The Good Neighbor begins in August, and since Sean is an excellent cook and there are a lot of cooking and gardening references ,

PESTO seemed like the perfect choice of a recipe to feature on today’s blog. And let me tell you, good pesto made from freshly picked basil is truly a gift.

basilIf you don’t grow basil in your garden (yet) or don’t have room for a garden, you can treat yourself to a meal of fresh pesto before the summer is over by buying a plant, sold at most grocers at this time of year.

Once you try pesto made in your own kitchen with garden fresh basil leaves, you will never go back to the store bought variety.

And it’s easy! Since tastes and ingredients vary (types of basil, sizes of cloves of garlic & lemons, amount of salt) every batch will be slightly different.

You be the final judge of exactly how much of each ingredient to add. And with these ingredients, how can you go wrong?

I will be featuring more recipes from The Good Neighbor  all week, so stay tuned.

Click here for pesto recipe.

To read the “meet scene” at the start of the book, click HERE to go to The Good Neighbor page.

You can buy The Good Neighbor in eBook or paperback on Amazon, kobo, and nook.TGN COVER MED

And don’t forget, for this last, beautiful week of summer, Lake of Dreams is free in eBook form on online retailers until the end of August. See the sidebar. No excuses!

Happy eating, and good reading,

Judy sig

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Celebrate the Launch of the Good Neighbor with Pesto

What better way to celebrate the launch of The Good NeighborFireworks 2016  today (cue the fireworks!) than by sharing some of the August recipes from the book, beginning with – PESTO!

The Good Neighbor is Frankie and Sean’s story (characters I introduced in Summer of Fortune).

In this book, Sean moves into Augusta’s cabin while he searches for the daughter he gave up for adoption fifteen years ago, and struggles to come to terms with the fact that he just might not find her. How, then, can he stand to see Frankie and her father so estranged, when a simple phone call might be all it would take?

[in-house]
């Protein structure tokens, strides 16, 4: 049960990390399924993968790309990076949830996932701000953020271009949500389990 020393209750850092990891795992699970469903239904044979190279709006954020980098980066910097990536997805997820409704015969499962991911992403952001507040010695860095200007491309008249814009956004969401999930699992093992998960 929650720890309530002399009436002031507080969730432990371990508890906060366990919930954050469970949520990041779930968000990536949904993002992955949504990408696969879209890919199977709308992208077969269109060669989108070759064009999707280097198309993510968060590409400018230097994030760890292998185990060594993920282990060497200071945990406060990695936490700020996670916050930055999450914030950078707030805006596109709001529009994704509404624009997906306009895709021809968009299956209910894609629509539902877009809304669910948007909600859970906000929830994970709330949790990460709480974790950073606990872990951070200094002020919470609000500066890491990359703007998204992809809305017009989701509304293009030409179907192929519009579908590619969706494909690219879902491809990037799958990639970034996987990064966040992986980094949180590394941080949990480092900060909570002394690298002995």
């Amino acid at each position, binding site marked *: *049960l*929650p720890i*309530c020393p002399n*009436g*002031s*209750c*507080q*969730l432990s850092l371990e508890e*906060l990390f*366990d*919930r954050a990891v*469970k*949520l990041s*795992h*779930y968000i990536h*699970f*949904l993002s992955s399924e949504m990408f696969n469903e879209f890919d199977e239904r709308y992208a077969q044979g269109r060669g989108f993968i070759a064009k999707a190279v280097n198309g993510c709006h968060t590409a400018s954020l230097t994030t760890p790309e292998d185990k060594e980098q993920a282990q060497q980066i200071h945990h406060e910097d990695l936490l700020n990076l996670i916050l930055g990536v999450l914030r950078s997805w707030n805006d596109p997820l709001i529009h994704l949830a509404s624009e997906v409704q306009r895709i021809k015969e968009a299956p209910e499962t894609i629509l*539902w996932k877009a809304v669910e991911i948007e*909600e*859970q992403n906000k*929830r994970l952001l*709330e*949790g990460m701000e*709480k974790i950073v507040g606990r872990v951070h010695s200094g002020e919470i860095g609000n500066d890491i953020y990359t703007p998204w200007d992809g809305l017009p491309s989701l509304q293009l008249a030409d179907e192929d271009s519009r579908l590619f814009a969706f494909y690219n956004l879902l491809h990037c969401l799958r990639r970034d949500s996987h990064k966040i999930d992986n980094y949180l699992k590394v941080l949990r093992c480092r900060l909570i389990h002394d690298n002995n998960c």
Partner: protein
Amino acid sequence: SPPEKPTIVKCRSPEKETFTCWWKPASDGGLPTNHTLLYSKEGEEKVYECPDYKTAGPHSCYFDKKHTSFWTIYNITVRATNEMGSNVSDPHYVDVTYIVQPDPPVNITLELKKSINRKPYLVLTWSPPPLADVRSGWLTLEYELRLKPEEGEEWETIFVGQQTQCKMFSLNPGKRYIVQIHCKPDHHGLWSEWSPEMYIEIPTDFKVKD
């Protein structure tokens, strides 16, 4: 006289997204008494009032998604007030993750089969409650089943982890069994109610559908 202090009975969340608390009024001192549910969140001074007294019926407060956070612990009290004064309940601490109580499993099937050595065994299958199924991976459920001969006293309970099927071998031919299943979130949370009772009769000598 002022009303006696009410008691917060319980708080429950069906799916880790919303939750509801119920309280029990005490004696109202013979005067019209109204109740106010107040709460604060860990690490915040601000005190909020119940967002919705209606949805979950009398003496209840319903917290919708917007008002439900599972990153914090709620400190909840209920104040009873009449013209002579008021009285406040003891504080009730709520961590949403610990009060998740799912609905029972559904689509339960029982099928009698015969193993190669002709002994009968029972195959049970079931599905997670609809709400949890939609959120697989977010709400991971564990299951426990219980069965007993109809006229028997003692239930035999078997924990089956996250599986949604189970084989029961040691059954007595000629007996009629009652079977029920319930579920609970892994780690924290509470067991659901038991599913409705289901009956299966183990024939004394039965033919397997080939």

The Good Neighbor begins in August, and since Sean is an excellent cook and there are a lot of cooking and gardening references ,

PESTO seemed like the perfect choice of a recipe to feature on today’s blog. And let me tell you, good pesto made from freshly picked basil is truly a gift.

If you don’t grow basil in your garden (yet) or don’t have room for a garden, you can treat yourself to a meal of fresh pesto before the summer is over by buying a plant, sold at most grocers at this time of year.

The best ingredients make the best pesto.
The best ingredients make the best pesto.

Once you try pesto made in your own kitchen with garden fresh basil leaves, you will never go back to the store bought variety.

And it’s easy! Since tastes and ingredients vary (types of basil, sizes of cloves of garlic & lemons, amount of salt) every batch will be slightly different.

You be the final judge of exactly how much of each ingredient to add. And with these ingredients, how can you go wrong?

I will be featuring more recipes from The Good Neighbor  all week, so stay tuned.
To read the “meet scene” at the start of the book, click HERE to go to The Good Neighbor page.
TGN COVER MED

You can buy The Good Neighbor in eBook or paperback on Amazon, kobo, and nook.

And don’t forget, for this last, beautiful week of summer, Lake of Dreams is free in eBook form on online retailers until the end of August. See the sidebar. No excuses!

Happy eating, and good reading,

 Judy sig